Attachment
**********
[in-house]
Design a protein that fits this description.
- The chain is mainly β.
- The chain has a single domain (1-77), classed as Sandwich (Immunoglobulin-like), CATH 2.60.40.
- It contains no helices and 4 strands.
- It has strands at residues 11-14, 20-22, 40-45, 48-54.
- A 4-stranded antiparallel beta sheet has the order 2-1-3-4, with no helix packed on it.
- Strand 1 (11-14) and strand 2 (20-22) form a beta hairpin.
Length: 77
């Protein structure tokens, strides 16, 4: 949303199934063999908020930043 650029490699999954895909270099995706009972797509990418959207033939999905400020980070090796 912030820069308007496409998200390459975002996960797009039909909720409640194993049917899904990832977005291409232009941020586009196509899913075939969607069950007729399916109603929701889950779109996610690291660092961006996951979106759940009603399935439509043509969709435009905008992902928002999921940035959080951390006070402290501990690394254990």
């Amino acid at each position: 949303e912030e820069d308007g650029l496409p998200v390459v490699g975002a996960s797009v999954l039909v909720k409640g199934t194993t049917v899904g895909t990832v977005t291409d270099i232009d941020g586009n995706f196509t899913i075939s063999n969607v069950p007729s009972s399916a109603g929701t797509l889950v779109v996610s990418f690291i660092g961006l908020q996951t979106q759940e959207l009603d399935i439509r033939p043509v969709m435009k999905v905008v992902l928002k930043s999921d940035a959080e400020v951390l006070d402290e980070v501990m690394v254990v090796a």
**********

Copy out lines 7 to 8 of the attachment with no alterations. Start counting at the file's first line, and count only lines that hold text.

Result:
- A 4-stranded antiparallel beta sheet has the order 2-1-3-4, with no helix packed on it.
- Strand 1 (11-14) and strand 2 (20-22) form a beta hairpin.